Introducing Mt. Cook Alpine King Salmon, Nature's Finest

Earth Week Interview with Adam Skolnick

Our final interview was with the author, adventurer, and ever-curious Adam Skolnick (@adamskolnick) to learn about how he celebrates the wonders of the Earth. After reading his stories from the depths of the ocean to all over the world, we couldn’t help but be inspired. Guaranteed you’ll want to get out and explore all that the Earth has to offer. 

Could you start by giving a quick description of who you are and what you do? 

I am an independent journalist, I've been a freelance journalist for 20+ years now. I have written for The New York Times, Outside Magazine, Playboy, and Lonely Planet guides. I also write books. I started by writing about alternative health, yoga, and travel, my main goal was to be a travel writer then over time that shifted. Now, the bulk of what I cover is adventure sports and the environment. 

Where do you draw inspiration for your work?

The work is ultimately what inspires me. My goal when I started was to write my way around the world by telling stories. Storytelling is still exciting to me. It’s a challenge that never goes away because you can never quite master it. Whether it's finding the stories or, once you have the idea, making it compelling for the reader, especially for someone who might not know much about the specific subject or the person/people involved. I love reading stories and consuming stories, whether it's movies, TV, reading, or podcasts too. I love both sides of storytelling.

Adam Skolnick Sustainable Seafood Adam Skolnick

Transitioning to think more about the ocean, a place where you spend a lot of your time telling stories, what excites you most about the ocean? 

The ocean is definitely a major point of inspiration and blessing for my life, I have always loved it. I grew up going to the beach all the time and getting in the water a lot but it didn't become something I needed on a near-daily basis until 2012. That’s when I started doing a lot of open-water swimming, freediving. The backstory is that I had a bad back injury and I couldn't run or work out in any way and the water kind of called to me. I started swimming all the time and exploring the reef off of Point Dume. In a roundabout way, I was led to Kauai, where I had heard about this crazy group of freedivers that went very deep. That led me to The Bahamas and eventually to write my first book. My love of the ocean has created this whole other mode of inquiry for me, telling stories that begin and end in the ocean.

Adam Skolnick Adam Skolnick

What is something that everyone should know about the ocean? 

Our every second breath comes from the ocean. While most people know that trees and plants produce oxygen through photosynthesis, that same process happens in the ocean with marine plant life—from kelp, seagrass, algae, plankton, on an even bigger scale. So, if the ocean goes into ecological collapse, we are in deep shit.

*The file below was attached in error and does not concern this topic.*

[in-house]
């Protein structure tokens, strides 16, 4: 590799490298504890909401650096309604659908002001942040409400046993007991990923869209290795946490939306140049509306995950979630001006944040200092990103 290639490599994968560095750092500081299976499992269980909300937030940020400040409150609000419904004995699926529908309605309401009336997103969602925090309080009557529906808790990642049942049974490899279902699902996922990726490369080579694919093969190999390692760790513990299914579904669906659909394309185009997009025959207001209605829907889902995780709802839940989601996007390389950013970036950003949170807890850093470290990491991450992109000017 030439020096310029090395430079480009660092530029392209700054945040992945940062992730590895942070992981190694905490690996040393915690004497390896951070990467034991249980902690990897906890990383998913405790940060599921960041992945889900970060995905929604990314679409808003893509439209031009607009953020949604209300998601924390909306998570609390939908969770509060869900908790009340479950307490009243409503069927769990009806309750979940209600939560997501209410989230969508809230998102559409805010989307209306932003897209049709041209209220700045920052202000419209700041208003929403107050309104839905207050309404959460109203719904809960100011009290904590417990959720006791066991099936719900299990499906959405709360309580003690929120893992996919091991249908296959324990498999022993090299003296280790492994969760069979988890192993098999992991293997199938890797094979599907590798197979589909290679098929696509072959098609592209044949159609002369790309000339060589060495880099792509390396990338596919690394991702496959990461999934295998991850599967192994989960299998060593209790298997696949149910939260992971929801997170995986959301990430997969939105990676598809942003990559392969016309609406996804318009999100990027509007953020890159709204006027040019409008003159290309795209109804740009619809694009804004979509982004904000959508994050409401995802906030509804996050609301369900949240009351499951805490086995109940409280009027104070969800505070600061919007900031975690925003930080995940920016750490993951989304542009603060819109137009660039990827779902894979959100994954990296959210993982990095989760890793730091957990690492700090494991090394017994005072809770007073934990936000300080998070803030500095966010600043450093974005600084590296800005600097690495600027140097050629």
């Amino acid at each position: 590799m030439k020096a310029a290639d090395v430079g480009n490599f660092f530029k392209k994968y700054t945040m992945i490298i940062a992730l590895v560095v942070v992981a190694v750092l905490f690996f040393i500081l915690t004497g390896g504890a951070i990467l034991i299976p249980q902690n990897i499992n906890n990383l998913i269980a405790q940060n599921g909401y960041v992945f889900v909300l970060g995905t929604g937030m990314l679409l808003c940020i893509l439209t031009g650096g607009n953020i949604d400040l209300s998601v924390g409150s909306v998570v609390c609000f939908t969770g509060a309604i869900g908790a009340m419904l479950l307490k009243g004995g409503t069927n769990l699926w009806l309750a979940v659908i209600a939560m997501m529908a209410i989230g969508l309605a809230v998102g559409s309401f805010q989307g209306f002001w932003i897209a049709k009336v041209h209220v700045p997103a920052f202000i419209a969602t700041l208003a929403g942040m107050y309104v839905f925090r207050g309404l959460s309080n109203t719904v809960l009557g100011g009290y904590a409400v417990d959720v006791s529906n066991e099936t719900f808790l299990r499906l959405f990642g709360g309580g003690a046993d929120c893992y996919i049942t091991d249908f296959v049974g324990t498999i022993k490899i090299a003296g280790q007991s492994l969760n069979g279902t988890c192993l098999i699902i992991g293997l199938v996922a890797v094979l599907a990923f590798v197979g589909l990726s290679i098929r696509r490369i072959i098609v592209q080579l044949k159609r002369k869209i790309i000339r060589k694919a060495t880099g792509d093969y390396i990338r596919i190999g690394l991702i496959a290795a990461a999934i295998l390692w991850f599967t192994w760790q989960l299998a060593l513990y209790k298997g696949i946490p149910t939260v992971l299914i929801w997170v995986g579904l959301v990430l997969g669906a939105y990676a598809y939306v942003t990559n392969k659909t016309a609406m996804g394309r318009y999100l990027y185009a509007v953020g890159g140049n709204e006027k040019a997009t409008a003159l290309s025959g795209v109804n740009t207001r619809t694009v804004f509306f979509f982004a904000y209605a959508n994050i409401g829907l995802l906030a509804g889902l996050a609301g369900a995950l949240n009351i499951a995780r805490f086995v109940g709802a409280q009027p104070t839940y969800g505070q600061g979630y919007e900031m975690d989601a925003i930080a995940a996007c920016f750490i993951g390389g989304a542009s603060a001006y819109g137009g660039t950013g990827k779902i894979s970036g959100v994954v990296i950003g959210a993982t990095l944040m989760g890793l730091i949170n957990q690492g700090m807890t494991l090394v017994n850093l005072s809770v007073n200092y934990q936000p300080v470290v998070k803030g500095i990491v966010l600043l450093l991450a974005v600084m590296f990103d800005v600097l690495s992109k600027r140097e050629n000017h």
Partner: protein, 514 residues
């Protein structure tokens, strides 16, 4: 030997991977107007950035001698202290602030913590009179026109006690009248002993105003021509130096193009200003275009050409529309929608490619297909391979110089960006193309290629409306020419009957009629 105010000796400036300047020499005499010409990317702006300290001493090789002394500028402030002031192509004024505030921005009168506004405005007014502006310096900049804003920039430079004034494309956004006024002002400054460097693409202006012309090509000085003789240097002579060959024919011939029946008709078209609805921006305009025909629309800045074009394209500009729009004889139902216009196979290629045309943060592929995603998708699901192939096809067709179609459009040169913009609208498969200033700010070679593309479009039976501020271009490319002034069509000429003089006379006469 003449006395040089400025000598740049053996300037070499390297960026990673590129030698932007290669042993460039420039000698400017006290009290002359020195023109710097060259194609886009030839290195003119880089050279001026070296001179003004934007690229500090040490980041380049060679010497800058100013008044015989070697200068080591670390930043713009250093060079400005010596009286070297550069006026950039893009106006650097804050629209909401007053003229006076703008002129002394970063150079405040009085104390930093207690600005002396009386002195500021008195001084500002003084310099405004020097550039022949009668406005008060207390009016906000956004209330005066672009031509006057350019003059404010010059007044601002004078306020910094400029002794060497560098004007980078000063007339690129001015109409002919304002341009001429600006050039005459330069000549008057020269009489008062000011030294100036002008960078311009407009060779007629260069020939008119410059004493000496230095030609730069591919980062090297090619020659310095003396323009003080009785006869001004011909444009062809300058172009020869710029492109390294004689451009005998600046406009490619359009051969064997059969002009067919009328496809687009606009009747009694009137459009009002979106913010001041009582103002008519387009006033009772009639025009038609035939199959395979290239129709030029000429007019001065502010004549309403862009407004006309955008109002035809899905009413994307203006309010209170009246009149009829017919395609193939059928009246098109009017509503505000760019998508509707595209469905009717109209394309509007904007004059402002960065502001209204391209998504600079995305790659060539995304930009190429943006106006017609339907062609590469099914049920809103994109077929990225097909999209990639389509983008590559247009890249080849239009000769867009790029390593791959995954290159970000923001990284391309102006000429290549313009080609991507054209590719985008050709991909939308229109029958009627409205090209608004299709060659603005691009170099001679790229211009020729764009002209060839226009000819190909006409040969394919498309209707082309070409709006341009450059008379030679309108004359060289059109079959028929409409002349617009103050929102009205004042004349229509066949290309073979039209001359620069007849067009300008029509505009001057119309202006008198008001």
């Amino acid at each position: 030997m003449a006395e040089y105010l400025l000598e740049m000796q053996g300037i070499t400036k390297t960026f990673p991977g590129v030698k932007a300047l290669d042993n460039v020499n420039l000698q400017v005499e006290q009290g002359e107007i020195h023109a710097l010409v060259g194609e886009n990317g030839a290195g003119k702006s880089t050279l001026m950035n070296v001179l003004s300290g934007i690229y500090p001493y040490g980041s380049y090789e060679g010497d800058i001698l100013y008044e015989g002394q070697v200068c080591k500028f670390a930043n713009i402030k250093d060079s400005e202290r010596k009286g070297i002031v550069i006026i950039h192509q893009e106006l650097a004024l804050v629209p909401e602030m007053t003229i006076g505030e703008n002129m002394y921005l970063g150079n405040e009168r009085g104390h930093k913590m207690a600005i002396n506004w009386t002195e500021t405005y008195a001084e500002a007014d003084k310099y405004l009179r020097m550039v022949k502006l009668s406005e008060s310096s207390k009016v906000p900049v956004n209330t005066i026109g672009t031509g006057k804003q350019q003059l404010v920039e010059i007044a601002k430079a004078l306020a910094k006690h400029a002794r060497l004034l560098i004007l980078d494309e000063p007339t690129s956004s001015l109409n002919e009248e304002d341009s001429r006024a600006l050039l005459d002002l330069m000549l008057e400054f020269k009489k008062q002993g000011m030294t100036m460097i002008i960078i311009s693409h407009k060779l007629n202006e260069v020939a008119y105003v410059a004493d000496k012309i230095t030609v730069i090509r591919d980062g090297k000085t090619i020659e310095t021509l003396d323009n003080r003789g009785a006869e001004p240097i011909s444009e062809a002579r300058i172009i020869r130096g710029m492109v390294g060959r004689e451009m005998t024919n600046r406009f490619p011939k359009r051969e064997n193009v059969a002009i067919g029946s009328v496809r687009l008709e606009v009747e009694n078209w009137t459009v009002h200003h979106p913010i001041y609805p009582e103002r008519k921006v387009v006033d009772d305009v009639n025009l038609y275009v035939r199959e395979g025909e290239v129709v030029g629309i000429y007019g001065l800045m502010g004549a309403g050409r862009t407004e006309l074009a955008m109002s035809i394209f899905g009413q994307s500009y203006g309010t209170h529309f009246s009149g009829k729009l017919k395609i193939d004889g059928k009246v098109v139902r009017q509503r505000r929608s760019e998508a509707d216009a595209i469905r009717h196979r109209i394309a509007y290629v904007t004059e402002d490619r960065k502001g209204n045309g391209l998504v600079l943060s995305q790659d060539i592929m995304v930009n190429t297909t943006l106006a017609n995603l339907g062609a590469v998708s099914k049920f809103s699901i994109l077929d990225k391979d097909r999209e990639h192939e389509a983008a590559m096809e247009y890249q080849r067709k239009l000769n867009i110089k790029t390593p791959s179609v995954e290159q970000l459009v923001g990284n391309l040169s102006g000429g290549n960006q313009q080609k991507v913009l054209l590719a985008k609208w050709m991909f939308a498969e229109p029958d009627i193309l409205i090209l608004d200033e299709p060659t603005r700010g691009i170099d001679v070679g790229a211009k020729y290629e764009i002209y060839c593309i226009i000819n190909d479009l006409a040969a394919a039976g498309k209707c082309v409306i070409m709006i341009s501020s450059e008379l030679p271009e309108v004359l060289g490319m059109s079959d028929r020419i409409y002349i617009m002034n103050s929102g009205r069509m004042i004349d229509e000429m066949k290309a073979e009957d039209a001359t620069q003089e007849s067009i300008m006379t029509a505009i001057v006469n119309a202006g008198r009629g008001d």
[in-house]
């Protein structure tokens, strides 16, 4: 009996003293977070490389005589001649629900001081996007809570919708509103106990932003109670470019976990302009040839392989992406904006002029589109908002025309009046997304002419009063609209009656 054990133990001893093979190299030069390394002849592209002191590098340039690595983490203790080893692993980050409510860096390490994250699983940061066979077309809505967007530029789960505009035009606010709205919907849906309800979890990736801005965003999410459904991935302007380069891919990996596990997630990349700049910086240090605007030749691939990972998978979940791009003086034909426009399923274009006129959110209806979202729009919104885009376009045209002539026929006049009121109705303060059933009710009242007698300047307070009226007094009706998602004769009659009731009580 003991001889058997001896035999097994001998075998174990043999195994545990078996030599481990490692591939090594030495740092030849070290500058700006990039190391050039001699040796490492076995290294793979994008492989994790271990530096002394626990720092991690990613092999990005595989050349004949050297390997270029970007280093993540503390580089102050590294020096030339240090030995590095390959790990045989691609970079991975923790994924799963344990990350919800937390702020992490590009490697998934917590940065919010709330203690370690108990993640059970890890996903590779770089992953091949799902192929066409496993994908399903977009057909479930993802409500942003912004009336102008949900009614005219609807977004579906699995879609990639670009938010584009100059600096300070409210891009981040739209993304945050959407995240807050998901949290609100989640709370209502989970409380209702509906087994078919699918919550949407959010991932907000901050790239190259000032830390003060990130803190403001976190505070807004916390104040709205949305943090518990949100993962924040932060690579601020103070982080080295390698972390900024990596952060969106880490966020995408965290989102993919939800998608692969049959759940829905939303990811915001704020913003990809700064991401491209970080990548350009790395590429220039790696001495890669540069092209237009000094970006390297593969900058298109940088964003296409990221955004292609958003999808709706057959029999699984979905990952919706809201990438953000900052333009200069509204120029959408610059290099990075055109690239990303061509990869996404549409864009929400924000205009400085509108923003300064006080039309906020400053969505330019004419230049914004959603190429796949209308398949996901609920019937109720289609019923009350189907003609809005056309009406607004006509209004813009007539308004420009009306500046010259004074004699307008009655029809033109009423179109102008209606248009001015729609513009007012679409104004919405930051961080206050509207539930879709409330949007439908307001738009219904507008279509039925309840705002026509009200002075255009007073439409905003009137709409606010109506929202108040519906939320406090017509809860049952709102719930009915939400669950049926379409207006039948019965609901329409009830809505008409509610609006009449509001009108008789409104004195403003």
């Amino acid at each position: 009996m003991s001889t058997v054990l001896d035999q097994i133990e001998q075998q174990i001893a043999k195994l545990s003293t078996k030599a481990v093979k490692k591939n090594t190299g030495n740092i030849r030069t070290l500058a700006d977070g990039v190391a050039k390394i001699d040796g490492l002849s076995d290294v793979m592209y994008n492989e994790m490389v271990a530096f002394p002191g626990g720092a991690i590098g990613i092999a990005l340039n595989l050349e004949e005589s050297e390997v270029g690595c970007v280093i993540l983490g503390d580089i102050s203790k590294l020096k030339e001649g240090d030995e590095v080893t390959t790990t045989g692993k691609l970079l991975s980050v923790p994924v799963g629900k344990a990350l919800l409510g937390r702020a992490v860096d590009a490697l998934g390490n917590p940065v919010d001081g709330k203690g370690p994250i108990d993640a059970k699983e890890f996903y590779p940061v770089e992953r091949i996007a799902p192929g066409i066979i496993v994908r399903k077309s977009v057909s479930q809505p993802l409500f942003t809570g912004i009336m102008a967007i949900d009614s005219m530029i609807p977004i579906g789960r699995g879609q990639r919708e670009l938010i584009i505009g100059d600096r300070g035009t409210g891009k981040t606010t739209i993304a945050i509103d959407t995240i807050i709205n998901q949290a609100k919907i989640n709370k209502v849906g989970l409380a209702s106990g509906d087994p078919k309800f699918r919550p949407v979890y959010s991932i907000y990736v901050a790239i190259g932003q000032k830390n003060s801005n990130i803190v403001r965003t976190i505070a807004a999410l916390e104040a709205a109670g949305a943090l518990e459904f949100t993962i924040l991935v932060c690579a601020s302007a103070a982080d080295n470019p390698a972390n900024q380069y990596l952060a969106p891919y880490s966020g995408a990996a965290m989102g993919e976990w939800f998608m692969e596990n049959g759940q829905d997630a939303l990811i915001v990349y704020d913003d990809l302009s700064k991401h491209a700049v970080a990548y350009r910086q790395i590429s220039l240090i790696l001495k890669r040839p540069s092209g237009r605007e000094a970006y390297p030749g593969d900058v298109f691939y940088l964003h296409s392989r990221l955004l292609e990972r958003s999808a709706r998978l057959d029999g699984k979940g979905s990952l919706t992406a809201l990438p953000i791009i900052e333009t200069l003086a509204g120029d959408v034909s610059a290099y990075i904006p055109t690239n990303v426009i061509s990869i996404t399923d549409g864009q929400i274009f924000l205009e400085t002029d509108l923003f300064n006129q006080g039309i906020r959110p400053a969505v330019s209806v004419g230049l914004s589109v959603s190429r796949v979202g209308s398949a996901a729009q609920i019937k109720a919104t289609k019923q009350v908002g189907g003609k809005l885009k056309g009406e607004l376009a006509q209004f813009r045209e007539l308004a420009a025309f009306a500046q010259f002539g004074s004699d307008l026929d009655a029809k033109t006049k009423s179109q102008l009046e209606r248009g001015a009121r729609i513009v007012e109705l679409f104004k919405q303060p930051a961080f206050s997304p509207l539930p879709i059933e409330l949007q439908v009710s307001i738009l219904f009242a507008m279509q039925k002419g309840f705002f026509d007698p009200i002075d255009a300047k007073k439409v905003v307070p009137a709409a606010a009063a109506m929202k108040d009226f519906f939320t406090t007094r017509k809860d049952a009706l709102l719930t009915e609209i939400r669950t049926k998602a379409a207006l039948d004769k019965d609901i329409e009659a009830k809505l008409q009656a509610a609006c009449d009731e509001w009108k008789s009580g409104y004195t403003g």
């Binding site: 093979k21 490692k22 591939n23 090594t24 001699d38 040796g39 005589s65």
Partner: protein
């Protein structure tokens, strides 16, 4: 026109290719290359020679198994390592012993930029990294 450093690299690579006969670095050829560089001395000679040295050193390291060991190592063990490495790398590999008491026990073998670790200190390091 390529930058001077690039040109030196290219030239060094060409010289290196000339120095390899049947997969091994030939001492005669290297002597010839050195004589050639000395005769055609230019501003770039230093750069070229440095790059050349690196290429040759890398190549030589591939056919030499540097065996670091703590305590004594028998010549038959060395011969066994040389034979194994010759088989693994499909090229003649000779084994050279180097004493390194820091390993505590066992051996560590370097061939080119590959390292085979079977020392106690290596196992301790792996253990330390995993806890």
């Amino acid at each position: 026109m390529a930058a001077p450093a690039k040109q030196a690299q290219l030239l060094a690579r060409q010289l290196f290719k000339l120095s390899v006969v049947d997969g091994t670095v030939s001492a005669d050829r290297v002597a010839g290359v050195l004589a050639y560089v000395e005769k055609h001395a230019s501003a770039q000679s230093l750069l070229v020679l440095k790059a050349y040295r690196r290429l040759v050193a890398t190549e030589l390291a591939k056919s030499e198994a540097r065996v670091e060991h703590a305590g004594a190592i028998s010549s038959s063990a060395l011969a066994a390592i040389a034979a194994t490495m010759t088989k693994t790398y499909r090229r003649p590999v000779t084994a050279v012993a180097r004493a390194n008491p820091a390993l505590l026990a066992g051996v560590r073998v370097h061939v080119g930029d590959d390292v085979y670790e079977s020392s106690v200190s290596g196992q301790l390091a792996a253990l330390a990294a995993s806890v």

How would you describe your philosophy on what you eat? 

I'm an omnivore but my wife is plant-based so 95% of my diet is also plant-based. But, I do love seafood. I've always loved it, ever since I was a little kid so I definitely still eat seafood every once in a while. 

What's your favorite fish in the Seatopia box? 

The Halibut is spectacular, I like to eat it raw. I also love the Kanpachi, especially because I know exactly where it comes from. What I love most about the Seatopia boxes is knowing the fish is not wild-caught because wild-caught seafood has a lot of ecological problems that people don’t necessarily understand. I’m not talking about the kind of wild-caught where someone is out in the water with a fishing pole in a kayak or hunting underwater with a spear. I respect those men and women a lot. I’m talking about commercial wild fishing, which can be extremely problematic. Seatopia uses low-density pens and the feed is sustainable. They don’t deal with problematic fish farms that have given the industry a bad name. Instead, Seatopia is creating a new wave of aquaculture that has the potential to feed more people with smaller ecological costs than pretty much any animal protein out there. We need more people to understand that and consume it so businesses like this, and their aquaculture partners, can scale and help change how humans eat.

In honor of #EarthWeek, what is your favorite way to spend time on Earth?

In the ocean, I love it. Usually underwater.

What's your favorite memory of being in the ocean?

Swinging with Humpbacks in Tonga and Gray Whales in Malibu. That close connection with animals is really what draws me into the ocean. 

What is the best book you’ve read lately?

Good Lord Bird, by James McBride, it’s a masterpiece. Where The Crawdads Sing by Delia Owens is also a beautiful book. 

How will you be celebrating Earth Day this year?

Hunched over at my desk, looking at my computer. Haha. I’ll be working for most of the day but when I’m done I’ll go for a run along the beach with my son, pushing him in his chariot. 

Adam Skolnick

Follow Adam Skolnick:


This wraps up our #EarthWeek celebration! Each conversation we had was a different reminder of how important it is to step back and responsibly enjoy the beauties we live amongst. We watched in awe of our community this week, we saw so many different acts of gratitude and were further reminded how many uniquely different people walk this Earth. We feel so lucky for the opportunity to be able to pause, reflect, and give immense gratitude to our Mother. We all need to take care of her!

When you subscribe to Seatopia you are supporting artisan aquaculture and helping restore our oceans:

Seatopia Kelp Reforestation